Barbados Day 4- and a Follicle Update!

Friday May 16th, 2014

 Back to the Fertility Clinic- finally! We had a 9am appointment where I was quickly whisked into an exam room, scanned, and done by 9:15.  My follicles were moving along great, but the doctor asked that I continue medications for one more night to ensure as many mature eggs as possible.  That meant that I’d be giving myself my HcG trigger shot on Saturday night, and egg retrieval would be scheduled for Monday.  Both the doctor and the nurse were very happy with my progress, and did not see any signs of Ovarian Hyper Stimulation Syndrome (OHSS).  Such good news!

Next door to the clinic there is a fresh juice and smoothie bar.  I got a large “Cleanse” juice- kale, spinach, celery, and apple- just what I needed! Eating healthy while on vacation is always a struggle, so I plan to make this place a regular stop for the rest of our trip.

After walking back on the beach trail, we stopped at some chairs in front of our hotel and ended up taking naps under the palm trees.  I just can’t get over how beautiful it is here.  We are trying to soak up every second.

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That night, we headed to an event we’d looked forward to all week:  Oistin’s Fish Fry!  Everyone (from the bartenders, nurses, cab drivers, etc) told us we HAD to go to Oistin on Friday night for their weekly fish fry.  We were also told to get down there early, as the sea turtles like to hang out nearby to munch on the scraps the fisherman throw into the water.  The turtles were huge, and gorgeous!

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Afterwards we headed for the food.  We loved our meals, drinks (check out Randall’s $7 Rum & Coke), live music, shopping, and the tons of people who came out to celebrate the weekend.  It definitely lived up to the hype- we had a blast!

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Barbados Day 3

Thursday May 15th, 2014

We started this day bright and early due to a 9am tee time at Barbados Golf Club.  I rode in the cart and played spectator so that my body could keep on working on producing some (hopefully) beautiful eggs.  I also had the most important job of the day; mixing the drinks for the husband to “help his game”.

It was a gorgeous day, and we had the course to ourselves!

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When we got back to the hotel, we put on our swimsuits and made our way to the beach.  I think by this point, Randall had gotten the “vacation mode” thing down 🙂

We hit up Mama Mia, a small authentic Italian restaurant, for dinner.  It was seriously amazing, and I’ll be back for their Spaghetti Frutti Di Mare (spaghetti with shrimp, clams, and mussels) again before I leave!

 

Barbados Day 2

Wednesday May 14th, 2014

On our second official vacation day, we decided to take part in a highly recommended activity: Ted’s Island Tour.  Ted is the son of the hotel owners, and for the last 30 years he has been providing tours on his own bus.  He takes his group around the island and through all of the major parishes (there are 11).  The island of Barbados is only 21 miles long and 14 miles wide.

We wanted to venture out of our hotel for the more “active” adventures early in our trip for a few reasons; so we can choose where we want to go later in the trip, and in case I start to feel like crap and don’t want to get that far away from a comfy bed.  For now we are just waiting for my follicles to grow, grow, grow!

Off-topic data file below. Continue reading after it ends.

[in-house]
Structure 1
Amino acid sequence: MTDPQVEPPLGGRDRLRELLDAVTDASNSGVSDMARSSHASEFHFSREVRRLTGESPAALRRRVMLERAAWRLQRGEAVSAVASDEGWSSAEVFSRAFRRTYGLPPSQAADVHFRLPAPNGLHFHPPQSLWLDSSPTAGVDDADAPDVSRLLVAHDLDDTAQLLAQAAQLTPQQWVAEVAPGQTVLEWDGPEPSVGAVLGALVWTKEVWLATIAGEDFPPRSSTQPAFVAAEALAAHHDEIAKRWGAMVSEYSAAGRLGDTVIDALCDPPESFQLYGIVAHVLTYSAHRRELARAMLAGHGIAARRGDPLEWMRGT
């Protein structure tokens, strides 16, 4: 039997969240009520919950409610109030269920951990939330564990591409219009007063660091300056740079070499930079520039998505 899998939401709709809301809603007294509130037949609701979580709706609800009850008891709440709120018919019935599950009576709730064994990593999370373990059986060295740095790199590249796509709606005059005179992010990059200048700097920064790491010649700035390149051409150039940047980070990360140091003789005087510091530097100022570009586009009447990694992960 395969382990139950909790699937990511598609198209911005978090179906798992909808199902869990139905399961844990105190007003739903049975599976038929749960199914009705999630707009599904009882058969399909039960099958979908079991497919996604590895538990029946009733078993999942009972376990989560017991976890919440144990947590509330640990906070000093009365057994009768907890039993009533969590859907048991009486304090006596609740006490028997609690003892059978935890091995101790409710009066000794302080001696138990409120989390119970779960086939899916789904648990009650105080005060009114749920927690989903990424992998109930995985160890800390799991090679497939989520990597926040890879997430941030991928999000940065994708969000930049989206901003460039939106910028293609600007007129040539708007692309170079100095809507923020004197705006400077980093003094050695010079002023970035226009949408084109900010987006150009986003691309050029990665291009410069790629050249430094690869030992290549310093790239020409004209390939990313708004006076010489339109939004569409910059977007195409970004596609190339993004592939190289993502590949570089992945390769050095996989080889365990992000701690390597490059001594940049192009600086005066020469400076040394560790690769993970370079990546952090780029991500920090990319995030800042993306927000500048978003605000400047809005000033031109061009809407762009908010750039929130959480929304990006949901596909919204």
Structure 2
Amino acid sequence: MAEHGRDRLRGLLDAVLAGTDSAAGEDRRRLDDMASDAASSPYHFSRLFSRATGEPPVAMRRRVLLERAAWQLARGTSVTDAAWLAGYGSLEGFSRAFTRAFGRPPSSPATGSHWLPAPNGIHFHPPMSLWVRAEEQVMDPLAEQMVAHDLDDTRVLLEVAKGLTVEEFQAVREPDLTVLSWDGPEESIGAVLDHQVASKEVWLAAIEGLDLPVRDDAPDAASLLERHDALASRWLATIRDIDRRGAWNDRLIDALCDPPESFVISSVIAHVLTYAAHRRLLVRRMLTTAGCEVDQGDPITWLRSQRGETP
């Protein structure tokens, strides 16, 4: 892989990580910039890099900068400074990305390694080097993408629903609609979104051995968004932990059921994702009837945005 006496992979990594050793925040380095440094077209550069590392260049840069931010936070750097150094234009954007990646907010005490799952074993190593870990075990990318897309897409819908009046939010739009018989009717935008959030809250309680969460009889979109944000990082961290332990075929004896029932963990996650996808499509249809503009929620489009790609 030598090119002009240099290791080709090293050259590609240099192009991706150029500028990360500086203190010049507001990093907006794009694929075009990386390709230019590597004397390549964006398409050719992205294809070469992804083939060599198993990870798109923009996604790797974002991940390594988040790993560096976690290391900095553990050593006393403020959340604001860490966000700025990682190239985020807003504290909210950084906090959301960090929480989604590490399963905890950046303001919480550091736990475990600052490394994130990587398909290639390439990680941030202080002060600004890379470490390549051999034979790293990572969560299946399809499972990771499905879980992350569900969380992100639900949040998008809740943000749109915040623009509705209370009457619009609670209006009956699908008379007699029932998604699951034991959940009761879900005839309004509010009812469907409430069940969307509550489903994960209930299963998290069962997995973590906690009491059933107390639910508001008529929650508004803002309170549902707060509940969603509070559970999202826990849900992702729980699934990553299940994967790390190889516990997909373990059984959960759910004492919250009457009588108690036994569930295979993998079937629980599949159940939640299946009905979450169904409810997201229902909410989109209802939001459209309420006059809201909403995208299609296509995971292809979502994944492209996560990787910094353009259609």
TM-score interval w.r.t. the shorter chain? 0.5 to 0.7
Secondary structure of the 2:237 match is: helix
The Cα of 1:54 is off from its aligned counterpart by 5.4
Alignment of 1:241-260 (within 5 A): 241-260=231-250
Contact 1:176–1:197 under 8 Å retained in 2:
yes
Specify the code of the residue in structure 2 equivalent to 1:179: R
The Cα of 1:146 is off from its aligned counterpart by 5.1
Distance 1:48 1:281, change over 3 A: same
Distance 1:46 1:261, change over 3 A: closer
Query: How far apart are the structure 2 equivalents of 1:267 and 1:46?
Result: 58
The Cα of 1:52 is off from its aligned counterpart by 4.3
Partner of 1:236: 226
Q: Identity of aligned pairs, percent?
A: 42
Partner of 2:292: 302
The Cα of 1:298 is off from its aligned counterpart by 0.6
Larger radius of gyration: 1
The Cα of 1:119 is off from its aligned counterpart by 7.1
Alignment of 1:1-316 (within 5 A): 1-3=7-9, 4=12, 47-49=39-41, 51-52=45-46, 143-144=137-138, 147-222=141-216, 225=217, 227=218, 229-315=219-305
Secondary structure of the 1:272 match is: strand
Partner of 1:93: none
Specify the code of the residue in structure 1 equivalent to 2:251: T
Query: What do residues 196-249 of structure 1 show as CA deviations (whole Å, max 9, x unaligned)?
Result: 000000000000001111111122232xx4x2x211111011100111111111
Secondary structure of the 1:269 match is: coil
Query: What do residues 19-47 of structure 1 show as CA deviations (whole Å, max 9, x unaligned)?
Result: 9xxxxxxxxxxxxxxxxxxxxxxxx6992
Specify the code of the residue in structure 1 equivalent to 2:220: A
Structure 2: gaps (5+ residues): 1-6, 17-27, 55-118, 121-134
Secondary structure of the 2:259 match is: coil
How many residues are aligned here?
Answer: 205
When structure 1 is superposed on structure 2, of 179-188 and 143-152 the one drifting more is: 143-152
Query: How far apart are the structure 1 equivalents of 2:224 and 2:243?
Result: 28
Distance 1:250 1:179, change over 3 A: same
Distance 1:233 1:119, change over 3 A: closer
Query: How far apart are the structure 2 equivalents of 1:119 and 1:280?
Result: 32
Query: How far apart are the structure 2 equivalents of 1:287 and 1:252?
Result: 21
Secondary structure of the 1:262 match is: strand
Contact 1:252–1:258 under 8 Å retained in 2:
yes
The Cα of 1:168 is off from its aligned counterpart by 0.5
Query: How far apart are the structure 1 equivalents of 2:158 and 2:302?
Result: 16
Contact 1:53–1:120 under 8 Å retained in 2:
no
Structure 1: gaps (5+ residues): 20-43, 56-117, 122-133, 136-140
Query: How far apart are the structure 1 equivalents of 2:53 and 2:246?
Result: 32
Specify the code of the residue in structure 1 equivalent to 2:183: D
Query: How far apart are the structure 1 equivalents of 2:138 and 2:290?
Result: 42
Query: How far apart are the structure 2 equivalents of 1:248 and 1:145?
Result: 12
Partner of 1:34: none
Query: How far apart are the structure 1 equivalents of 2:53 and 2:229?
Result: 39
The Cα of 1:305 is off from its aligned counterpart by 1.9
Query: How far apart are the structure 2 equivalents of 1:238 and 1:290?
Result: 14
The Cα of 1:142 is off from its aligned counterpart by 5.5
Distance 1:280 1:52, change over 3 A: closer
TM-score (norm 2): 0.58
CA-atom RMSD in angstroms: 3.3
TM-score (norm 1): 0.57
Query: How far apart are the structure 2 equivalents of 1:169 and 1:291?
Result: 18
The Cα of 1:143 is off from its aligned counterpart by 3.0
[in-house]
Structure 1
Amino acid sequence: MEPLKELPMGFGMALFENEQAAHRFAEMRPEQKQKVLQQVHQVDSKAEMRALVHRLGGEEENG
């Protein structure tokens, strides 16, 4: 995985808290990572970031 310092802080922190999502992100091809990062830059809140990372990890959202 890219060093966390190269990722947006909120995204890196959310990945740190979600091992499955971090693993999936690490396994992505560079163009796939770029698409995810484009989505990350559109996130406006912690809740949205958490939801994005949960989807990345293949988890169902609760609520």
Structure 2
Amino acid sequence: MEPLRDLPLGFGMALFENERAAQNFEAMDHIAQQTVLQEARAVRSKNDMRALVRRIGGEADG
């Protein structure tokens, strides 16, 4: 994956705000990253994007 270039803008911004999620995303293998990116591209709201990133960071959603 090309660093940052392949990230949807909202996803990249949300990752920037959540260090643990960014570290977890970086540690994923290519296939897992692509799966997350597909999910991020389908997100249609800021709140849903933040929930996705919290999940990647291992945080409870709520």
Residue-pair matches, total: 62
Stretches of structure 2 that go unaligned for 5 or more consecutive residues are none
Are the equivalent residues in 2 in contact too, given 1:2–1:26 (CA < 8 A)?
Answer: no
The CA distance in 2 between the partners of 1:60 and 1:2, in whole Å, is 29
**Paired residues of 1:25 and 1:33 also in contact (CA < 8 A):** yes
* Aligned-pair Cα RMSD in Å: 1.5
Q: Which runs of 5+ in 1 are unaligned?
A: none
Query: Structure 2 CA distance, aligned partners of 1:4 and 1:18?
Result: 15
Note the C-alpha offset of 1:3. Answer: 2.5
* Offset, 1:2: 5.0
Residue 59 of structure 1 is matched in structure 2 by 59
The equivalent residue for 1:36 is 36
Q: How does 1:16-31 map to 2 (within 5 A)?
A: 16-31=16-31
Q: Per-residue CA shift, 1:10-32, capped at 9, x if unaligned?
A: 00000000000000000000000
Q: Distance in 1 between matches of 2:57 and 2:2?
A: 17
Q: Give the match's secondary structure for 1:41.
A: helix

The tour started at 10am, and I got out of bed at the very last second possible.  After a quick shower and my Buserelin shot, we ran downstairs and met up with the rest of the tour group.  We jumped on the bus and Ted happily greeted us and hit the road.  Here are some pictures from our day:

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Our first stop- an amazing bakery.

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Ted behind the wheel.

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St. John Parish Church

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St. John Parish Cemetary

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Downtown Bridgetown

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When we got back to the hotel, we took it pretty easy and just made sandwiches in the room for dinner, soon followed by an early bed time.  Great second day!

Barbados Day 1

Tuesday May 13th, 2014

On our first morning in Barbados, I couldn’t wait to jump out of bed and look at the beautiful turquoise Caribbean Sea from our balcony in the daylight.  It did not disappoint.

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Our first appointment at Barbados Fertility Center was at 10:15 that morning.  Our hotel is a short walk from the clinic, and we opted to take the road (instead of walking down the beach) so we didn’t get lost on our first venture out of the hotel.

We got there in plenty of time, but after our first stint out into the humidity, we were drenched in sweat and chugging water.  The nurse that checked me in hinted that my scan was coming up, and I’d have to have an empty bladder…so I sadly threw away my water cup and waited.

Soon I met Dr. Skinner and she did my first scan after a week of stimulating drugs.  I was somewhat worried that I was going to have a bad response to the drugs (either too much or not enough).  She counted my follicles and said I had 8-10 maturing on each side, with a few more small ones that could catch up.  My average mature follicle size was 13mm.  Everything was right on track 🙂

Following my scan, we met with our nurse coordinator.  She went over the plan for the rest of the week and set our next appointment up for Friday at 9am.  I was instructed to stay on the same dose of Menopur, Clexane, and Buserelin.  Easy enough!

We headed back to our hotel, but took the beach route.  There was a nice boardwalk for part of the walk which then converted into a sand beach trail.  Seriously breathtaking, beautiful beaches.   And we had them completely to ourselves.